As I read the words of Tozer this morning, I hear the echoes of posts on twitter, facebook and even conversations of people who lament the “organized church” My first reaction is, “cone to Concordia – we aren’t organized, we throve on chaos!”.
But then I heard the complaint, and I hear myself 20-25 years ago, and then I read Tozer and then Luther…
Things aren’t changing, except maybe pastors and people feel more free to critique from behind the wall of social media.
What they don’t realize is that as they define the church, as they define the organized structure, they are forgetting to include the fact that God can only work through broken groups of people. There is no perfect church, organized, unorganized, meeting in nearly empty cathedrals or a neighborhood garage. Tozer’s comment about Jesus being the only thing that can satisfy the enteral longing… has to include the pronuon “our”–it cannot use the pronoun “my”.
And as long as it is “our”, there will be hurt and pain along the way, there may be sin and even betrayal. Some may say that this is the cost or the sacrifice we have to make. What we have to tolerate and endure. I would disagree, the brokenness is a blessing, for as we see it healed we are in awe of the love of God. This is the nature of our communion – it is the natural outcome of sharing in His love together. This is what it means to live a “religious life” not to avoid the brokenness–but to embrace it – so that we may see it healed, and the new life come out of the old.
A. W. Tozer and Gerald B. Smith, Mornings with Tozer: Daily Devotional Readings (Chicago: Moody Publishers, 2008).
Escrivá, Josemaría. The Forge . Scepter Publishers. Kindle Edition.
They stumbled because they did not believe in the word; such was God’s will for them.
9 But you are the chosen race, the King’s priests, the holy nation, God’s own people, chosen to proclaim the wonderful acts of God, who called you out of darkness into his own marvellous light. 10At one time you were not God’s people, but now you are his people; at one time you did not know God’s mercy, but now you have received his mercy. 1 Peter 2:8b-10 GNT
When prayer is genuine, possessing the fire by which it is kindled, prompted by a sincere heart which recognizes its need and likewise the blessings that are ours as proclaimed in the Word, and when faith in God’s Word—in his promise—revives, then the individual will be possessed with a fervor prompting him to fall upon his knees and pray for strength and for the power of the Spirit. Martin Luther
767 What really makes a person—or a whole sector of society—unhappy, is the anxiety ridden, selfish search for well being, that desire to get rid of whatever is upsetting. Escrivá, Josemaría. The Forge .
I’ve been doing some research into the collapsing mid-sized church, those that run 250-2000. In my group of churches, their numbers are shrinking faster than the hopes the fans of the… (well I won’t mention the team name). Seriously, we have a problem across the board–and many younger pastors are leaving their church to pick up the problems some other pastor left, in order to take the place of pastor #3. Or more likely, they leave the parish, and become life coaches or counselors or teachers or..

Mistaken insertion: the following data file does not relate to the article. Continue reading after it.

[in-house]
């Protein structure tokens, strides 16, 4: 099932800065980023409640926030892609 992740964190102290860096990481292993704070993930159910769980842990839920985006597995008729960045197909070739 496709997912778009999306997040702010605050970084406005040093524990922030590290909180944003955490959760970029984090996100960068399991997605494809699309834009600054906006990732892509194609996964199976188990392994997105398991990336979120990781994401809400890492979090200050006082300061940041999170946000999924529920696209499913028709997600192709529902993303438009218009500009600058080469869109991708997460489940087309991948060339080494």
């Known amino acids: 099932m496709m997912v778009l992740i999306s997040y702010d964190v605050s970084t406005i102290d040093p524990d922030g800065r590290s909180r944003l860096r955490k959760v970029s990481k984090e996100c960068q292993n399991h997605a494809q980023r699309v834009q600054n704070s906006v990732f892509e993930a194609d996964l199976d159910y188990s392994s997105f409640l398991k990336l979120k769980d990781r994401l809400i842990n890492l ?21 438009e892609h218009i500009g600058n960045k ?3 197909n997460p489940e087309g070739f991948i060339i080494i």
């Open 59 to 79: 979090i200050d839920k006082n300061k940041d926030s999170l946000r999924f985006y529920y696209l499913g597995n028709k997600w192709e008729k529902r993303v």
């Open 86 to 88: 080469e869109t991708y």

I have to believe some of this is do to our poor formation, not only of pastors, but of church leaders in general. As churches shrink, we put in place anyone breathing – anyone willing to volunteer, rather than adequately prepare them. Then frustration and anxiety set in, as they don’t feel successful, and the leaders who put them there see no results. We become unhappy, as if happiness is the answer to everything, and the lack of it causes anxiety and desperation and often, change that is… unwise
St. Peter’s words talk about what eventually happens – they forget the promises in the word of God and they don’t hear it…even as we study it with our churches, we don’t hear it. We hear about the Greek or Hebrew, we read and hear about the background of those who did hear it, and how the Holy Spirit used it to change their lives. We hear what we have to do, the doctrines we have to believe, the way we must behave (or that how we behave is okay…when we know scriptures teaches differently) But we don’t hear about the good news, the love of God poured out on His people…along with mercy and grace and healing…as He restores us.
And without hearing that, without knowing God is hear for us, ready to listen, ready to act…the noise and stress and anxiety only gets worse. Eventually, pastors and people leave, determining there has to be more, a different way…..and they try to find it on their own, or coach those who are looking for it–but are just as lost in the darkness….
The church needs to draw them out of that darkness, as it is gthered by Jesus and reflects His glory, as He revives them. He’s there, we just need to recognize our need for Him, and those promises, the promises that we are no longer alone – but we are His people. A message we receive, not just in sermons and the Lord’s Supper, but in that neglected sacrament of prayer…
Oddly enough – though Lutherans may not talk about it often today, Luther points us to that need – to pray for the power of the Spirit to be manifest in our lives together, in the church where the Spirit gathers and enlightens us all.There is no doubt of the need, there should be no doubt of the theology… and there should be no doubt of the promise…
So hear that word, those promises and pray with me…